Collective Action

Once migrants have identified issues that impact on their lives and have begun to build an analysis of these, the next step is identifying actions to address these problems. Change sought may have a small or large impact, benefitting a small community or the wider society. It may involve participating in networking events to develop a policy focus, advocating and lobbying for changes, linking with political process and documenting and sharing good practice. Click here to return to Community Work portal.

  • Practice Principles

    MRCI Community Work Practice Graphics by Form.ieCommunity work is based on working with and supporting groups of people. It enables them to develop knowledge; skills and confidence so that they can develop an analysis, identify priority needs and issues and address these through collective action.

    Community workers have a responsibility to:

    • Inform themselves about the reality experienced by the communities with which they work and build relationships with communities framed by these realities.
    • Involve communities in a collective analysis of issues, identify common needs and regularly reflect, review, evaluate and reset priorities and objectives.
    • Work towards collective outcomes for the community as a whole rather than the advancement of individuals.
    • Collaborate and build alliances with other groups, organisations and agencies in order to advance key community objectives.
    • Create and enhance conditions for collective action through building solidarity, recognising achievements, learning from success and failure and sharing information on models of good practice.
    • Develop innovative and creative approaches to working with communities and learn from other models of work nationally and globally.
    • Create opportunities for progression in situations of conflict in communities and in the over society of which they are part.

     Illustrations by Form Design

  • Tips for your role as a community worker engaging in collective action:

    • Inform yourself about the realities i.e. the burning issues facing migrants and their families in Ireland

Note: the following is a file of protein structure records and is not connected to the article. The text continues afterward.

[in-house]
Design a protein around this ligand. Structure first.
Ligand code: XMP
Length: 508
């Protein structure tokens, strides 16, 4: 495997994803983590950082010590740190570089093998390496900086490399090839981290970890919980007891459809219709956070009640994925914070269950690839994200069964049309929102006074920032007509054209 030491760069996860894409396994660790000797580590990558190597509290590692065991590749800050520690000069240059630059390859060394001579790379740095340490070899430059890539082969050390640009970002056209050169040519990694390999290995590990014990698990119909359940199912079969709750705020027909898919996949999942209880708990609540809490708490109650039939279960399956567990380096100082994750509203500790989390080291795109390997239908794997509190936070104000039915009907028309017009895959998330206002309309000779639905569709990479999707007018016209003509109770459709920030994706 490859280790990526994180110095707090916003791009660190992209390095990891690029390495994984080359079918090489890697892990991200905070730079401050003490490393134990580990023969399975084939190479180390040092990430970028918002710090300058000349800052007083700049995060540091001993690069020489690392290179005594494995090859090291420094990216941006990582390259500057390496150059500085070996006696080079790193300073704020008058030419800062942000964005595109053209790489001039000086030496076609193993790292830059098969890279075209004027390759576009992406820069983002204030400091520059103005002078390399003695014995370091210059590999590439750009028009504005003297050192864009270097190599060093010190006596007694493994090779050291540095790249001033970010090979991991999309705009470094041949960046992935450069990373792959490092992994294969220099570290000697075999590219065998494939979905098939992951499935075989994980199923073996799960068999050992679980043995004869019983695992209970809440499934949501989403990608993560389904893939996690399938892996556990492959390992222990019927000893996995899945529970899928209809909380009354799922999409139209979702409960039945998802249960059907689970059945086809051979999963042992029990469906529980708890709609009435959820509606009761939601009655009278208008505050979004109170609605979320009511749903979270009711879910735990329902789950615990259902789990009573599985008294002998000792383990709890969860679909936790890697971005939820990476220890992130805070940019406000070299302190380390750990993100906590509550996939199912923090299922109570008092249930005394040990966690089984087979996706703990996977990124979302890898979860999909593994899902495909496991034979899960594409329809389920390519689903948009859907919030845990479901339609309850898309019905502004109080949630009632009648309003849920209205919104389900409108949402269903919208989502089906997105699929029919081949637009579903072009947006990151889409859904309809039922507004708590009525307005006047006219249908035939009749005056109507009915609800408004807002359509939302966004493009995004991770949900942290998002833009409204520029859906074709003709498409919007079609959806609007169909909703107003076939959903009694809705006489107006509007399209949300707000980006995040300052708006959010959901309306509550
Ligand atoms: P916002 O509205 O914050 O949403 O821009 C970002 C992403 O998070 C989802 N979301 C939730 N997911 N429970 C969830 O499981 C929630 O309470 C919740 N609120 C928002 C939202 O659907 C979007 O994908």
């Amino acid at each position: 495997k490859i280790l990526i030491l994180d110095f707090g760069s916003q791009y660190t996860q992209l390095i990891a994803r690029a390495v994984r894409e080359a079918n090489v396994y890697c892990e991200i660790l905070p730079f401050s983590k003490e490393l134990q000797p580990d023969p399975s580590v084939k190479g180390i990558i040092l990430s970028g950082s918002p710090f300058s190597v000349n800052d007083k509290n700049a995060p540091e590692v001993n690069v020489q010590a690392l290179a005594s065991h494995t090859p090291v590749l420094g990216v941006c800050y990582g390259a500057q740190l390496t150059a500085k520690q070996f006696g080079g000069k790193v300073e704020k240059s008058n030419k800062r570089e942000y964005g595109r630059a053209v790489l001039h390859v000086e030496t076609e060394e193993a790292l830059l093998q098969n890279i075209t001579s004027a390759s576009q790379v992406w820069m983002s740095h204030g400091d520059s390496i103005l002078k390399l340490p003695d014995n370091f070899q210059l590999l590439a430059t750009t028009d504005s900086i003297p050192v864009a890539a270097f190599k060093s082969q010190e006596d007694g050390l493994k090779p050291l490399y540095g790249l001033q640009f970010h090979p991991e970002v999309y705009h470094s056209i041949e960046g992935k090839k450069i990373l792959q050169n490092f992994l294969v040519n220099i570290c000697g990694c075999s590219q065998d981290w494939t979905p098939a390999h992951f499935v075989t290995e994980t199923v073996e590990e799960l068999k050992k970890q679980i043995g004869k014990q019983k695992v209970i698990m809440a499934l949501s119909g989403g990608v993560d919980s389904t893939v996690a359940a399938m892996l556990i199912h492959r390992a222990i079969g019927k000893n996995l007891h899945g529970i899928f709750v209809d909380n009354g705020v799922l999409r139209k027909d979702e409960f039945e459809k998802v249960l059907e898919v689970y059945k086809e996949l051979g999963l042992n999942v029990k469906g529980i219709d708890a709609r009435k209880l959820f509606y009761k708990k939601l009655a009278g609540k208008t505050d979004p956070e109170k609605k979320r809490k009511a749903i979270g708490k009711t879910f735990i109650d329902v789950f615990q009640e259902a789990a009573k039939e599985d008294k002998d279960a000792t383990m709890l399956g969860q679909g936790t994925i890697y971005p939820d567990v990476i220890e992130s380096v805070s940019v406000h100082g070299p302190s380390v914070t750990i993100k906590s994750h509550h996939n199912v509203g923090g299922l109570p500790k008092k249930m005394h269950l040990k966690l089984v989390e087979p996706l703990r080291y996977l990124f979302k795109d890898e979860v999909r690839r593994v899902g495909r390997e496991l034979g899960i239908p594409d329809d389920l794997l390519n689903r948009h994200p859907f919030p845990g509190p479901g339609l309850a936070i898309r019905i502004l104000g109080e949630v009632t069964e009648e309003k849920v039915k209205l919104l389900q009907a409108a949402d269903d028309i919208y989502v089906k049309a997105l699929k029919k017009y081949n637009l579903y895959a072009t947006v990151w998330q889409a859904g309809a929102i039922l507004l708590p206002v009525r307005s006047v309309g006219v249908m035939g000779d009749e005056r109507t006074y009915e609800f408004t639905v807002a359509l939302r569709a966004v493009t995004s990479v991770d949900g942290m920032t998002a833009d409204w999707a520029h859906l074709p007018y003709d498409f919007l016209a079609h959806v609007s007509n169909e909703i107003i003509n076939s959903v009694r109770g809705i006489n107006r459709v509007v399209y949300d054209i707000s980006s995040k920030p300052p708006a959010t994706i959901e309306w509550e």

• Work in a collective (group setting) to engage migrants in an analysis of issues. This may start in the sharing of problems and stories but should move on to a collective analysis of the issues identifying common needs and solutions and taking action together.
    • Work towards the collective MRCI Community Work Practice Graphics by (f) utcomes for all migrants in Ireland i.e. moving on from individual problem solving to a collective agenda.
    • Use participative and innovative ways to collectivise experiences.
    • Build power with people you are working with by enabling migrants to develop knowledge, skills and confidence to address issues through collective action e.g. leadership skills, media training, understanding the Irish political system.
    • Take action collectively on issues of concern. Ensure this action is planned, well thought through and regularly reflected upon i.e. develop a campaign strategy.
    • Regularly reflect, review, evaluate and reset priorities and objectives.
    • Be clear about the change being sought, informed by a critical analysis and underpinned by the active participation of migrants impacted by the issue that change is sought on.
    • Collaborate, build alliances and solidarity with allies and stakeholders to build power for change.
    • Develop innovative and creative approaches to working with communities
    • Reflect and learn from success and failure and share good practice


     Illustrations by Form Design

  • Campaign for the Right to Change Employer

    MRCI Community Work Practice Graphics by